Yves Klein, the ultimate blue. 

Reading Time: 5 minutes

According to science, the human eye can spot 1000 levels of light&dark, 100 levels of red&green and 100 levels of yellow&blue. This means that we can see about 10 million different colors. But in this variety of colors there is only one Yves Klein Blue

Yves Klein, the master of Post-war pictural art and the genius behind his blue.

Yves Klein was born in April 28th 1928 in Nice – South of France. He was considered as an important figure in post-war European art. He is the leading member of the French artistic movement of Nouveau Réalisme founded in 1960 by art critic Pierre Restany. Yves Klein was a pioneer in the development of performance art and is seen as an inspiration to, and as a forerunner of, minimal art, as well as Pop Art.

The Nouveau Realism is often considered as the French version of the american pop art.
Yves Klein started exploring monochrome art already in 1949 but it was with the invention of the International Klein Blue that his artwork became something much bigger.

Post war art, abstraction was the golden rule.

The abstract painting that dominated French art in the 1950s was invariably premised on the notion that an artist could communicate with the viewer through the power of abstract form. But skeptics of modern, abstract art have always alleged that the viewers, like the faithful devotees of a false god, do more of the work than the artist, investing the forms with their own feelings rather than discovering the artist’s. Viewed in this light, Klein’s monochrome blue paintings might be read as a satire on abstract art, for not only do the pictures carry no motif, but Klein insisted there was nothing there at all, only “the void.”

The International Klein Blue, one of a kind.

Yves Klein had a genius idea when he decided to create a specific and unique color. This specific blue is also called International Klein Blue (IKB). Its visual impact comes from its heavy reliance on ultramarine as well as Klein’s often thick and textured application of paint to canvas. This specific color was developed by the French artist in collaboration with Edouard Adam, a Parisian art paint supplier. Yves Klein was looking for an idea of absolutism.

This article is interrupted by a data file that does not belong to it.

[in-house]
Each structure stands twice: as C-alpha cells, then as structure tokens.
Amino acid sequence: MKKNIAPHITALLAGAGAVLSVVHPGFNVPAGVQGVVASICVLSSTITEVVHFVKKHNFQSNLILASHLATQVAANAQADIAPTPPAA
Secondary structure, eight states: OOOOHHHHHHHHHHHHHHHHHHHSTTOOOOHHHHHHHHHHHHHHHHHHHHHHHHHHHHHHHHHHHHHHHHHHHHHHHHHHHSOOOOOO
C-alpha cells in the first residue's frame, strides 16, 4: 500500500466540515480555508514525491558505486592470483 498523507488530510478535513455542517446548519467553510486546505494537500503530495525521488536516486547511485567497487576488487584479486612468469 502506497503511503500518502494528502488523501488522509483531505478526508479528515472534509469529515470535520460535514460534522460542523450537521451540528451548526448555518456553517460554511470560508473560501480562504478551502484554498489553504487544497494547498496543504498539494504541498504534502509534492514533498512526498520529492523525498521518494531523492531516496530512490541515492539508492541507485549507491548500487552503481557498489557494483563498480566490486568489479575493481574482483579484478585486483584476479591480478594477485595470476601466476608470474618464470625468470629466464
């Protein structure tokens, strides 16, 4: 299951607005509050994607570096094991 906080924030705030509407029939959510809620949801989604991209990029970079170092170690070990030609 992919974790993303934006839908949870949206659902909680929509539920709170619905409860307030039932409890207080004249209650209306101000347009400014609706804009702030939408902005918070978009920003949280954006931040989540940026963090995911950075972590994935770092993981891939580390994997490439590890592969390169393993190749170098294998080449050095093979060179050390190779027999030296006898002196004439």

He was obsessed by the intensity of pigments and how poor they would be restituted into the canvas. He wanted to create the ultimate color, the absolute unicity and a perfect serenity. His base was the Ultramarine blue n. 1311 which in pigment has this deep intensity whereas used in painting got quite vanished. This was because of the optic transformation due to the solvent or water used.

The uniqueness of IKB does not derive from the ultramarine pigment, but rather from the matte, synthetic resin binder in which the color is suspended, and which allows the pigment to maintain as much of its original qualities and intensity of color as possible. The synthetic resin used in the binder is a polyvinyl acetate developed and marketed at the time under the name Rhodopas M or M60A by the French pharmaceutical company Rhône-Poulenc. Edouard Adam’s company still sells the binder under the name Médium Adam 25.

The influence of Yves Klein nowadays

The monochromatic work of Yves Klein is more relevant than never. In a world where we lost complete faith into social institutions, religion or even politics, there no more references. The old icons are dead and we end up in a world where we do not have any guidance. We also loose faith on how things are done, created, manufactured, built. There is no clarity into the processes. More than never, the world is exposed to darkness and emptiness.
The work of Yves Klein and especially his deep, vibrant, intense and over-rated blue becomes the ray of light in the tunnel of our lives. The extra-terrestrial blue by Yves Klein brings happiness, warmth and a sense of extreme purity. This purity is above everything an anchor and a promise of a greater life.
During 2016, several art exhibitions will display Yves Klein works. From London Tate Modern in the UK, to Turkey or Sweden, this Klein Blue will be present across the year. Certain brands get also inspired by the genius of Yves Klein. This month the luxury French shoe maker JM Weston has just revealed a new project related to Yves Klein. So far here is the teaser they released on Facebook with the hashtag #KleinBlueByJMWeston :
Check the artist official website for more information here:

Yves Klein is an universal reference for the search of an absolute beauty and by all means the world need more beauty to rebalance the ugliness of certain things.
Be blue, think blue and let’s get into the blue.


Info sourced on Yves Klein official website, wikipedia, Euronews and the artist biography. All content is copyrighted with no reproduction rights available.

José Amorim

José Amorim has been working in the luxury industry for more than 15 years. In the past 8 years, he joined his personal passion for digital culture and his luxury background to develop digital strategies for premium brands. He is the founder of LuxuryActivist.com and is happy to share his passion here.